Be aware that heavy parts are prone to falling off during soldering.
As automation becomes more prevalent and sophisticated in electronics manufacturing, plated through-hole designs are being phased out. PTH requires manual assembly labor that is less cost-effective than automated SMT methods, and is not feasible when dealing with ultra fine-pitch devices. That said, many designs still mix PTH and SMT. PTH also remains in use for some heavy power connectors, transformers, and other devices where strong mechanical bonds are required.
Here we outline key best practices for double-sided, mixed-technology design.
K.I.S.S. Keep it SMT simple! On double-sided mixed boards, the solder side should be kept simple, meaning:
- Discrete components wherever possible.
- No fine-pitch devices or ball grid arrays.
- Component height not more than 6 mm.
Manufacturing problems arise when components on the solder side of a mixed board are too heavy. If the board is assembled using a solder reflow pass for each side, heavy SMT parts attached to the solder side during the first pass may fall off during the second pass.
The general rule of thumb is, if the component is more massive than a PLCC-44, it will not hang on by surface tension. Said more technically, the mass to solder pad surface area ratio for such devices should be lower than 4.5 gm/cm2.
The solder side of a double-sided mixed-tech board may also be soldered by wave solder if the design permits. Using only discrete devices on the solder side and avoiding BGAs and fine pitch components keeps this option open. Solder joint formation using wave solder techniques is much more likely with these types of devices.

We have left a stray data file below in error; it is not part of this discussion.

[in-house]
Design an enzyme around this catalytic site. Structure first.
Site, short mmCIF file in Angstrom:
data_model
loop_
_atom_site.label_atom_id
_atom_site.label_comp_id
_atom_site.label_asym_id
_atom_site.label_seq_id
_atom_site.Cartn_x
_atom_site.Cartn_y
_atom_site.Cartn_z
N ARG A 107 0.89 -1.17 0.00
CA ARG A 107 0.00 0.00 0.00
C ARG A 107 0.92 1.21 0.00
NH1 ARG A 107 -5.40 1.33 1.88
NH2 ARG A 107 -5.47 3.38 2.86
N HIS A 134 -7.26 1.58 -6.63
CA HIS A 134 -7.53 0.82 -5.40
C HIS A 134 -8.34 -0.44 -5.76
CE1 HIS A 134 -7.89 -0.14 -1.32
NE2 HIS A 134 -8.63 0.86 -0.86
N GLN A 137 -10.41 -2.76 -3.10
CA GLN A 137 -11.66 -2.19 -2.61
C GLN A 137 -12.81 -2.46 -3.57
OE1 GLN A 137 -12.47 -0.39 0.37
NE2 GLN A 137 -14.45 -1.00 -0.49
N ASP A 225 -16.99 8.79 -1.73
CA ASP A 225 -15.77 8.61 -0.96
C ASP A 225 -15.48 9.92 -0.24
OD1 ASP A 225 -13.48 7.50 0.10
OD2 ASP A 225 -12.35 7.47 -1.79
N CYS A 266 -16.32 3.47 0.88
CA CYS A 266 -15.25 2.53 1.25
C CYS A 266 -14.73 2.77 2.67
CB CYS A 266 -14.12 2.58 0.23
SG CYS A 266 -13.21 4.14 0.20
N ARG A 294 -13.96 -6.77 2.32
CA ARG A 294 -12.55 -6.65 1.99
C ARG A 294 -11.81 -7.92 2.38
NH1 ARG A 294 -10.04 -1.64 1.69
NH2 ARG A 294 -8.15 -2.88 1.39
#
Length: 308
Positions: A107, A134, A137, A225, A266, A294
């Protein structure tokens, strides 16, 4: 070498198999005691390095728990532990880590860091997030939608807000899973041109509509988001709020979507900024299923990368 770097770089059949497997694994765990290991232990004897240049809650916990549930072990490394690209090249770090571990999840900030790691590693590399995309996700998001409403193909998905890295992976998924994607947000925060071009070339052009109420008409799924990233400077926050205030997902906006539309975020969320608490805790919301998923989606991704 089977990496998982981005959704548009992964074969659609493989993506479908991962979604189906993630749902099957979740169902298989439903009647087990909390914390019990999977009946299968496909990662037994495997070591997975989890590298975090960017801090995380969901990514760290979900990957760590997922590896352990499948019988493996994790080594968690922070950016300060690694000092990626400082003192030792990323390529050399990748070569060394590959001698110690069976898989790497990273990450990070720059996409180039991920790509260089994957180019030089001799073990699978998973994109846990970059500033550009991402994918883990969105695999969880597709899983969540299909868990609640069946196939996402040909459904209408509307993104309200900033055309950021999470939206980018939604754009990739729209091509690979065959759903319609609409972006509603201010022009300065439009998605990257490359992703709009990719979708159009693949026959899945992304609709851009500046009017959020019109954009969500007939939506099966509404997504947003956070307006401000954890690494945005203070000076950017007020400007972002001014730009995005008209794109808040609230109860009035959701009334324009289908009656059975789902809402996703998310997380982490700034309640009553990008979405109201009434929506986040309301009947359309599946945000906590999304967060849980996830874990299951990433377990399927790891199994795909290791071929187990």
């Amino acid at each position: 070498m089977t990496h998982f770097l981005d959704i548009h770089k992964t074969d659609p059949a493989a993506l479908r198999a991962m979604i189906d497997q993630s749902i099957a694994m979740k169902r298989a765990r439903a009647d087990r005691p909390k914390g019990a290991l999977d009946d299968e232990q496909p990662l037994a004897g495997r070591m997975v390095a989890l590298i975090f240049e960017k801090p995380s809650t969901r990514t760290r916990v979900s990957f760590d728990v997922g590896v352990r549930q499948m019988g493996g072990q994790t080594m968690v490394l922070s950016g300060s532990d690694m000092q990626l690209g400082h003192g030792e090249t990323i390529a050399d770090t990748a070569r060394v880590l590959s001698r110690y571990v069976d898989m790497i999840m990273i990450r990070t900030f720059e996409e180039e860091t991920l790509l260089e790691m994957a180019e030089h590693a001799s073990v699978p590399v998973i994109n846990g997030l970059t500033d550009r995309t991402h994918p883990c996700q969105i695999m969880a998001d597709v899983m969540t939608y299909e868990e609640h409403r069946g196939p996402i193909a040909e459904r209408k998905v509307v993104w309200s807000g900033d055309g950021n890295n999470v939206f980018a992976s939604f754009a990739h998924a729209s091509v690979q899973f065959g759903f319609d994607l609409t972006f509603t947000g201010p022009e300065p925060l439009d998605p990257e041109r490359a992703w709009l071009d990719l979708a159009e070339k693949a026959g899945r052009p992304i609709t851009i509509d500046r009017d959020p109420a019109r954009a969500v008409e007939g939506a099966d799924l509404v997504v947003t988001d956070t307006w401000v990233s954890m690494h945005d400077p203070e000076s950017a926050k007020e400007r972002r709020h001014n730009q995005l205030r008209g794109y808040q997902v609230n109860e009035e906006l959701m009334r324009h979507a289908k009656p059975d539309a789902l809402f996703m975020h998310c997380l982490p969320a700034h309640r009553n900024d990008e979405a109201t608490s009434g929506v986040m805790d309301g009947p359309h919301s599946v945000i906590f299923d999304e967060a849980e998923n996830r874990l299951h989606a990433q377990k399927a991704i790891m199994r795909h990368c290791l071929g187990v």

“Submarining” is a term used to describe the difficulties encountered when the leading edge of a board passes under the top of the wave on the wave machine. Solder will run down the top side of the card and essentially render it scrap. Very large panels with improper support are prone to sag in the wave solder preheat and any previous reflow cycles. This can increase the chances of a submarine.
Keeping a clear space around the edges of the board permits use of snap-on titanium stiffeners. These increase the rigidity of the panel and help prevent such occurrences.
Snap it. Another manufacturing design technique to observe is use of snap-off materials on the edges of the board. As mentioned, titanium stiffeners can then be used to help make the board more rigid. It also permits the panel to be handled smoothly in conveying and clamping systems. A 0.200" clearance is adequate, but nothing (not even fiducial keepout areas) should be placed in this zone.
Pad it. Pad dimensions should be carefully considered on the bottom-side SMT of a double-sided mixed board. This includes extra thieving pads for wave-soldered ICs and extended toe pads to facilitate solder wicking. Both can significantly improve the yield at wave soldering (Figure 1).
In addition, components on the board should be oriented so that the solder joints are not shadowed as the board moves through the wave solder.
Clear it. If a double-sided mixed board is so dense that the above guidelines cannot be observed, a special fixture called a selective wave fixture (also known as a pallet) into which the board is snapped can be used. This masks the bottom-side surface mount from exposure to the wave. To do this, there must be sufficient clearance (0.1") between the PTH and SMT lands on the solder side so that the SMT can be masked by the fixture (Figure 2).
Keep in mind that fixtures add cost to the product; several fixtures are required, at several hundreds of dollars per fixture, and they have to be cleaned, loaded, unloaded and occasionally replaced.
Think single-sided. Overall, when designing a mixed board (using SMT and PTH), it pays to think single-sided! If possible, PTH parts should be placed on the same side of the board as the primary SMT devices. Double-sided PTH or PTH on the wrong side is almost certain to require manual soldering. There is just no other way to process them cost-effectively with existing automation.